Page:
The death of George Floyd, a Black man, at the hands of police officers in the United States in late May sparked a wave of anti-racism demonstrations worldwide, including in Tokyo, Osaka and other Japanese cities.

But the Black Lives Matter marches in Japan had an additional significance, as they offered an opportunity for the country to reflect on its own record of ignorance and discrimination toward Black people and other ethnic groups.

At a march in Tokyo on June 14, participants held signs reading, “Black Lives Matter” and “I Can’t Breathe,” referencing Floyd’s last words while being pressed to the ground by police. Found among the popular rallying cries for the movement around the world, however, were also reminders that “Discrimination Also Happens Here.”

“We’re marching to make ourselves known, that we exist not only within the United States but all over the world,” Jaime Smith, a Black female representative of the organizers behind the Tokyo march, said. “We are adding in bits to our march about racism that exists in Japan.”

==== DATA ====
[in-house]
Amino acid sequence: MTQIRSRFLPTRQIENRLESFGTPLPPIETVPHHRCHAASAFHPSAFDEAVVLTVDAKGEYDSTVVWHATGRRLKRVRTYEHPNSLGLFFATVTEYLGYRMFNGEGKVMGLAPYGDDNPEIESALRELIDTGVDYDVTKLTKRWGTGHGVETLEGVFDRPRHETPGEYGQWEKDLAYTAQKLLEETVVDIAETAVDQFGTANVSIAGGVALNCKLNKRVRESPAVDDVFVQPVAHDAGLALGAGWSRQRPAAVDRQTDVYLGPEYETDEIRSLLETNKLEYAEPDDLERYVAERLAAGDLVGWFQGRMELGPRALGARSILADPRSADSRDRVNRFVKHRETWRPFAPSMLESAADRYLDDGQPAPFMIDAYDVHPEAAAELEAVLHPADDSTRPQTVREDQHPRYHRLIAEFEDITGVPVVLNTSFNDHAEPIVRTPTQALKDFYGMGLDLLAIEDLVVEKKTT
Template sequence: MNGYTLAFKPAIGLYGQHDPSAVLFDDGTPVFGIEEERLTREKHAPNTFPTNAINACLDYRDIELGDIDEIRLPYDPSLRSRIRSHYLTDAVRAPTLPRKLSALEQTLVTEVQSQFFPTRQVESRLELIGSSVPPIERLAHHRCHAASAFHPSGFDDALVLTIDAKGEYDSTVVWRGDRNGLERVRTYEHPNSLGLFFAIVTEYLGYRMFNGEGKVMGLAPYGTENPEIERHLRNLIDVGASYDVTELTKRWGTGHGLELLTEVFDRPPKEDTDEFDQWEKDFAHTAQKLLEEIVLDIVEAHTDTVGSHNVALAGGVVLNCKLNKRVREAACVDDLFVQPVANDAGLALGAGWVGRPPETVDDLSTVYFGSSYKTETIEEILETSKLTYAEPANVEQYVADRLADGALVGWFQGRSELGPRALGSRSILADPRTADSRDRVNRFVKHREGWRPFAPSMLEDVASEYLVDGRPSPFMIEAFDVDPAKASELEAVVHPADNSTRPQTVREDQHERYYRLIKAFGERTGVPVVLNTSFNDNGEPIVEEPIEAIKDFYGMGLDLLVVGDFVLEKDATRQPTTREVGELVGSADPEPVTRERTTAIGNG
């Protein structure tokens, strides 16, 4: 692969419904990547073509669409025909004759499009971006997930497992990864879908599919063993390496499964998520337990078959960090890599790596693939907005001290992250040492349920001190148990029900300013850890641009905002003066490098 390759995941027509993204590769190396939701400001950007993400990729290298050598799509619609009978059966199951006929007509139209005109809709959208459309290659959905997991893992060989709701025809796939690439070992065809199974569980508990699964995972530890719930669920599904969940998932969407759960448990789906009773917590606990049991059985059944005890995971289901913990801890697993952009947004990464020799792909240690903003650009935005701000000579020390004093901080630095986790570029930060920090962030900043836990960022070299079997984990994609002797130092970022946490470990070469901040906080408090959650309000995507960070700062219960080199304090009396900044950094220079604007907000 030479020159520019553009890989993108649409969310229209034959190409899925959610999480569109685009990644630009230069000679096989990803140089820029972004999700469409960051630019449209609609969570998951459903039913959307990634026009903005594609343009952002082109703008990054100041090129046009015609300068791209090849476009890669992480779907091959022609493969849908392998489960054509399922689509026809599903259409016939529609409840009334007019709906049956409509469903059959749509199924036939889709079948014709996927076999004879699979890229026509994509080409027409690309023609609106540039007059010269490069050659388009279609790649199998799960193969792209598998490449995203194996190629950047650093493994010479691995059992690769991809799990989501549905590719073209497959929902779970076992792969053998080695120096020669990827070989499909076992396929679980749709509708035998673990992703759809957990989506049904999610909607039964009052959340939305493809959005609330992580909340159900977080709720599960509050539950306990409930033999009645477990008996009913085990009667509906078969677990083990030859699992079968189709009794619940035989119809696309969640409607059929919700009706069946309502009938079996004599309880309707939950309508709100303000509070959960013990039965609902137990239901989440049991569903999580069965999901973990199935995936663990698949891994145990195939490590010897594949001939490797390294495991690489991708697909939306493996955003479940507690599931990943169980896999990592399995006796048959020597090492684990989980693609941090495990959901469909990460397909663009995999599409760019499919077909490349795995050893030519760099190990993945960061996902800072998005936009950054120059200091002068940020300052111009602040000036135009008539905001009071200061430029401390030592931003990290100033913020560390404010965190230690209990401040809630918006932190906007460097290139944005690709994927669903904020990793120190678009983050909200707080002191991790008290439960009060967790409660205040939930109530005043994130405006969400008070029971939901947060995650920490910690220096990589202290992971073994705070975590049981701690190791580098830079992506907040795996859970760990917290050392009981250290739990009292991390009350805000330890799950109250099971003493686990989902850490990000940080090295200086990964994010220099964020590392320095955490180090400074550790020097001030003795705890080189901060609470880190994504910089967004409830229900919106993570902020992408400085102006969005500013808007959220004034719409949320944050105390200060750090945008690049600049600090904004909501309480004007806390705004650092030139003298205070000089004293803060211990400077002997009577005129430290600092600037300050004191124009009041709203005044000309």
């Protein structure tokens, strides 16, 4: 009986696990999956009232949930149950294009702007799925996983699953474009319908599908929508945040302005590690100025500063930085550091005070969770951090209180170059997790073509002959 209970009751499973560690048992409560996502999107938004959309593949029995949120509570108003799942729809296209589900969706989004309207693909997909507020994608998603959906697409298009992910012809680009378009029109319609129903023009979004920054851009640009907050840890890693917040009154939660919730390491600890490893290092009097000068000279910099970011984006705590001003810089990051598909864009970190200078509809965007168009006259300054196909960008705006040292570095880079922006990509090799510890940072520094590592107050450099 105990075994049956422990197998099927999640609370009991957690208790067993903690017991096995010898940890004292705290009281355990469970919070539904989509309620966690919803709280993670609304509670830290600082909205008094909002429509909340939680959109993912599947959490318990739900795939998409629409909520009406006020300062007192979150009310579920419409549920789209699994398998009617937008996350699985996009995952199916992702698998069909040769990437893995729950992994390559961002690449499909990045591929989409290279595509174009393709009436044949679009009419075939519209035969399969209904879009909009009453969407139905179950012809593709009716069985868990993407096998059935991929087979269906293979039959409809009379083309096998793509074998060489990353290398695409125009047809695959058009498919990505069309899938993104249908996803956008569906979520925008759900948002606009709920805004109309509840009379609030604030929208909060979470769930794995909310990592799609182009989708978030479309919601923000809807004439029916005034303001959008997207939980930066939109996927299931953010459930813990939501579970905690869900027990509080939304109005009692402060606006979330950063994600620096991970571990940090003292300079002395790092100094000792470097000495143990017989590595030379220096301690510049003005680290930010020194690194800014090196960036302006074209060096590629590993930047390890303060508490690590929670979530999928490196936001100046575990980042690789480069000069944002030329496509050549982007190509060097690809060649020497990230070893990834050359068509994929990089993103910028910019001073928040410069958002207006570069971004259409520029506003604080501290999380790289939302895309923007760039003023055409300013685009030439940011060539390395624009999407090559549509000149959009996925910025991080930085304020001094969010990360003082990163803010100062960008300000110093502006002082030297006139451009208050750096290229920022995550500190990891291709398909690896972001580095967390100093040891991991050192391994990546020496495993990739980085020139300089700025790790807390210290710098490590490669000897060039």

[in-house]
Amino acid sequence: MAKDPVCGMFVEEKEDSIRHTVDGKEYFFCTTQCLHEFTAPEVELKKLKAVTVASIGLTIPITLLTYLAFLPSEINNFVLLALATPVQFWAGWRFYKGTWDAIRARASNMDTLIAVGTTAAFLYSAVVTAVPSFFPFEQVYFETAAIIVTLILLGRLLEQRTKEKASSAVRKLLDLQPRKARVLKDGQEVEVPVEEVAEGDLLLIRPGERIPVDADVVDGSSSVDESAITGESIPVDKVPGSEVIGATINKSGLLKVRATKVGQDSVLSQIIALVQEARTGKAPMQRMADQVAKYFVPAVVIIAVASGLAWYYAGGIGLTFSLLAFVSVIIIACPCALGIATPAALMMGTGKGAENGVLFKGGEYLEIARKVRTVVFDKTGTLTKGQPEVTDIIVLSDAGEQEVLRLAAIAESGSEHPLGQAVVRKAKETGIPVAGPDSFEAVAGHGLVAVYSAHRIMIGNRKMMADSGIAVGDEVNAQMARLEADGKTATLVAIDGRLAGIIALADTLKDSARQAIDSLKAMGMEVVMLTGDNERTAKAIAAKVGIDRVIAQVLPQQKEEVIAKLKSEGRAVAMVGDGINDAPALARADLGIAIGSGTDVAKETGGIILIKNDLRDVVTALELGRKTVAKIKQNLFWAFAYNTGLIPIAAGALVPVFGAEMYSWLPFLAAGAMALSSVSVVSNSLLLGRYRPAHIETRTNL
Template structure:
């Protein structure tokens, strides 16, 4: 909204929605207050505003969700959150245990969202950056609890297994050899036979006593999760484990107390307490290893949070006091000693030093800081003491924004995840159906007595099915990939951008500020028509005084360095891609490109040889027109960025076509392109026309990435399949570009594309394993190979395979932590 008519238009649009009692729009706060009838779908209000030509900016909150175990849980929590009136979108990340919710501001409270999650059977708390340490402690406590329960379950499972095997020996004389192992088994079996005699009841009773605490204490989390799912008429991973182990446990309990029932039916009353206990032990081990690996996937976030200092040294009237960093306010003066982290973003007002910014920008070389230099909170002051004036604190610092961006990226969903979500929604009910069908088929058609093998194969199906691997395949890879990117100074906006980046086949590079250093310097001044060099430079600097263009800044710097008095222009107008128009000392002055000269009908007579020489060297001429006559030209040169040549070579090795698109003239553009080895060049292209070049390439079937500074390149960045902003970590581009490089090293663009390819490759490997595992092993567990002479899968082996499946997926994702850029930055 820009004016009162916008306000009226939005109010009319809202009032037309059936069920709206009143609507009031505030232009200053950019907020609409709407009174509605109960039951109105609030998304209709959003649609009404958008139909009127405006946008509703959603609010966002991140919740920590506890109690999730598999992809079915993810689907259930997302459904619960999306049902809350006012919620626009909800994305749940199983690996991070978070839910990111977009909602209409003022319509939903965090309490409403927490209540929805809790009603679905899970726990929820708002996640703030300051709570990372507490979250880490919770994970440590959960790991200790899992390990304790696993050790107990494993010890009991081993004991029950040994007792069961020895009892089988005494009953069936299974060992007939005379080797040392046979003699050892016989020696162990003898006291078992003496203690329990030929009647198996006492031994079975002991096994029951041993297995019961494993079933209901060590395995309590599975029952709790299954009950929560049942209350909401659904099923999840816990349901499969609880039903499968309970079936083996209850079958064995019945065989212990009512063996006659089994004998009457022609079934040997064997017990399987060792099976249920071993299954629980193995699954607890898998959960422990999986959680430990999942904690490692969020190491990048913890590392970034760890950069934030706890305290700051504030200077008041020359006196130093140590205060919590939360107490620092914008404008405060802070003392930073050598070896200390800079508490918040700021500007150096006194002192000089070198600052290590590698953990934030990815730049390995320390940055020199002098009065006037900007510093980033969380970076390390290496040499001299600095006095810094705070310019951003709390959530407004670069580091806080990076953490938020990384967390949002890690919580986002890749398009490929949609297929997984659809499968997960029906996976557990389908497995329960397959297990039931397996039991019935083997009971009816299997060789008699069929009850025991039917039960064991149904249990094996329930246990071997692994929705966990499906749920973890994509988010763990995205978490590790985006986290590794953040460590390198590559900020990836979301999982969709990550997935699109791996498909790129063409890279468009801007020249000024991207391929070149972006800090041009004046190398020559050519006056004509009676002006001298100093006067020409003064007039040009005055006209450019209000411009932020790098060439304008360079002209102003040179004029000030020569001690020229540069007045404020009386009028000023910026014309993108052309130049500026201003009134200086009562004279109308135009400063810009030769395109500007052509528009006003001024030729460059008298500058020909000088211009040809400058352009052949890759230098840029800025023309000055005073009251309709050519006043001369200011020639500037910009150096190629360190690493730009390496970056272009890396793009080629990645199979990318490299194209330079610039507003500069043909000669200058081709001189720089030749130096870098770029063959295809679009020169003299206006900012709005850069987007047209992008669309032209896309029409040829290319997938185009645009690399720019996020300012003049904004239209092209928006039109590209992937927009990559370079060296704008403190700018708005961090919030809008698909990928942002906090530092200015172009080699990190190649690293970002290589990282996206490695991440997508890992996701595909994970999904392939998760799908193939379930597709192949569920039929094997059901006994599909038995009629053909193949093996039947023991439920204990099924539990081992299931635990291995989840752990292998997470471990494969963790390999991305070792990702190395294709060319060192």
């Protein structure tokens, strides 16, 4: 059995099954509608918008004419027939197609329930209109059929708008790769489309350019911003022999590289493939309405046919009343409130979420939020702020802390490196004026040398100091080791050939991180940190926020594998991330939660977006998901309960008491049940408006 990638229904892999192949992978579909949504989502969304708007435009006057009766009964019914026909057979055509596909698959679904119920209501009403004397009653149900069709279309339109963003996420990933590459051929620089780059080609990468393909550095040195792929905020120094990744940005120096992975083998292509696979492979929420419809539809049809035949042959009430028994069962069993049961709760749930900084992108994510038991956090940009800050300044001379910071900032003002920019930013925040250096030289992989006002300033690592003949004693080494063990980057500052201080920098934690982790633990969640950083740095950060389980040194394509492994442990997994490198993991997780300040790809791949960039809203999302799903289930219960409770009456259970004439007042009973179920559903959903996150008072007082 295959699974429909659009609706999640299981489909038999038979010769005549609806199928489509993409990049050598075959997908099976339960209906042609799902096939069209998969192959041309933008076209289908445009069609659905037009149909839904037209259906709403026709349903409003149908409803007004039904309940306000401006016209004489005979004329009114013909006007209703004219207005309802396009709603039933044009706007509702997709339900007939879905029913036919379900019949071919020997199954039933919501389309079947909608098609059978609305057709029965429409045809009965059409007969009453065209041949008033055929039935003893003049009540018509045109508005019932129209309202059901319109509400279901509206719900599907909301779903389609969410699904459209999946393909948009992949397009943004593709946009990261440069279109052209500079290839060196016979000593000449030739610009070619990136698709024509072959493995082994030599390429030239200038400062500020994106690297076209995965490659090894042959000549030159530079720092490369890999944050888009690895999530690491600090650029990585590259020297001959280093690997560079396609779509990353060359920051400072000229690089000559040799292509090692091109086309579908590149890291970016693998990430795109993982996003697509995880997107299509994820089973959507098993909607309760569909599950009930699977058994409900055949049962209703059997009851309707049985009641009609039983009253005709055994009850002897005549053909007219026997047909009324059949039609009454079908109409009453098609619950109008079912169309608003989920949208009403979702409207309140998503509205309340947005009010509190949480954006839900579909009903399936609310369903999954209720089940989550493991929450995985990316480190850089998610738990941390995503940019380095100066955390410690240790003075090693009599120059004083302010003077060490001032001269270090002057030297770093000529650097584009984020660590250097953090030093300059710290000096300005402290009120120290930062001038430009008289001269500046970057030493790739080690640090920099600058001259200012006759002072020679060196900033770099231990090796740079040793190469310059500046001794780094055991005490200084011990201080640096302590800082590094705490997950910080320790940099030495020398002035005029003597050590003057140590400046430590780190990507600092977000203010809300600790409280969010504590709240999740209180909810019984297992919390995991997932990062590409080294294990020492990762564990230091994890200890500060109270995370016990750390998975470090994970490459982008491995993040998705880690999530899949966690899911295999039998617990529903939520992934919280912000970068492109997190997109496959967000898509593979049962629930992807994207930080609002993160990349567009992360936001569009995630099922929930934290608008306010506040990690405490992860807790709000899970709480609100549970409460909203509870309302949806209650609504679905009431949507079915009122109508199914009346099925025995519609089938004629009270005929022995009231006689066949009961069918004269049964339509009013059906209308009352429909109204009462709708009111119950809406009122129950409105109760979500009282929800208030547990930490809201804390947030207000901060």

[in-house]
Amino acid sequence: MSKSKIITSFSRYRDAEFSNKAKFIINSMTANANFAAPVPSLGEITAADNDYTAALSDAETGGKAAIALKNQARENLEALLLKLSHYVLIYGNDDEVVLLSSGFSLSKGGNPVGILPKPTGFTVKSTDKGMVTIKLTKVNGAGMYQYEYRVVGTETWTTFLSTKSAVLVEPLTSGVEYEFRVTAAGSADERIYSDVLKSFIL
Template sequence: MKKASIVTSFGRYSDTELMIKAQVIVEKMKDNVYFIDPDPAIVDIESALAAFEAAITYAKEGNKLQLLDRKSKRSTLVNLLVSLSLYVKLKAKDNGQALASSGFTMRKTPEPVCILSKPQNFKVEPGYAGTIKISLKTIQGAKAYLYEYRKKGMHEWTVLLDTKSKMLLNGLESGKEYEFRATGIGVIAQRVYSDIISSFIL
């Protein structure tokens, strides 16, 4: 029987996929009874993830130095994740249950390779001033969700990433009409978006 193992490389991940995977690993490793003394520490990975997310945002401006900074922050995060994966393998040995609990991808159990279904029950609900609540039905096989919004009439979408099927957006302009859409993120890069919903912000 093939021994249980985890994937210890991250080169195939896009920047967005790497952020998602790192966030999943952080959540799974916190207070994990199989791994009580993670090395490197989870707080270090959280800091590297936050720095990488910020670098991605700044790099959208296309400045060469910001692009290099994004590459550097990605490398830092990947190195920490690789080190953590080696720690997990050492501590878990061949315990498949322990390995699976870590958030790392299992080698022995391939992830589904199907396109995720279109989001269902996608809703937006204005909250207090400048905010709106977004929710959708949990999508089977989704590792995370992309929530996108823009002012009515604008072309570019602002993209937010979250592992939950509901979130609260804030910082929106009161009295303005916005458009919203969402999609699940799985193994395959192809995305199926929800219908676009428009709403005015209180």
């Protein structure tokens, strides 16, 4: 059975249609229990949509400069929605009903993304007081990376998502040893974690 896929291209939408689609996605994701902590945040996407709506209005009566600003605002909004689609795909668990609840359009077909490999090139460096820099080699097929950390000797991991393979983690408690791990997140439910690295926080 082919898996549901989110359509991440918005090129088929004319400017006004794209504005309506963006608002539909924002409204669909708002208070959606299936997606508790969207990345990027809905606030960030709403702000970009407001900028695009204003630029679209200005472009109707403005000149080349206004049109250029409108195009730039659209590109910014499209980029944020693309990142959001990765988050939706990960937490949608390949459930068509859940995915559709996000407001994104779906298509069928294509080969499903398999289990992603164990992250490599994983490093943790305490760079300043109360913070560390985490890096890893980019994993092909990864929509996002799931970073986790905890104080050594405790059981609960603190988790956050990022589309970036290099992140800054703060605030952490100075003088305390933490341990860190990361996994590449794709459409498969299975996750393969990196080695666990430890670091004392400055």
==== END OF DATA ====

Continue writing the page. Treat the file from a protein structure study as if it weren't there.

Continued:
The official website of the Tokyo march, which features information on the background behind the Black Lives Matter movement, calls out Japan’s “ill-informed and outdated” views of Black people and other minorities. Examples raised on the site include racially charged public criticisms of Ariana Miyamoto, a 2015 Miss Universe beauty pageant contestant for Japan who has a Black father, and bullying of mixed-race children in schools.

The location of the Tokyo march, around Harajuku and Shibuya stations, also held significance for the organizers.

“We found that Black culture can often be seen within the Shibuya-Harajuku fashion area, but it’s not often acknowledged as Black culture,” Smith, who models on the Harajuku fashion scene, said.

“There’s hip-hop, there are stores that sell Black culture clothes and things like that, but it’s not acknowledged as such,” she said. “Black culture exists here, so we want to show that we are here as well.”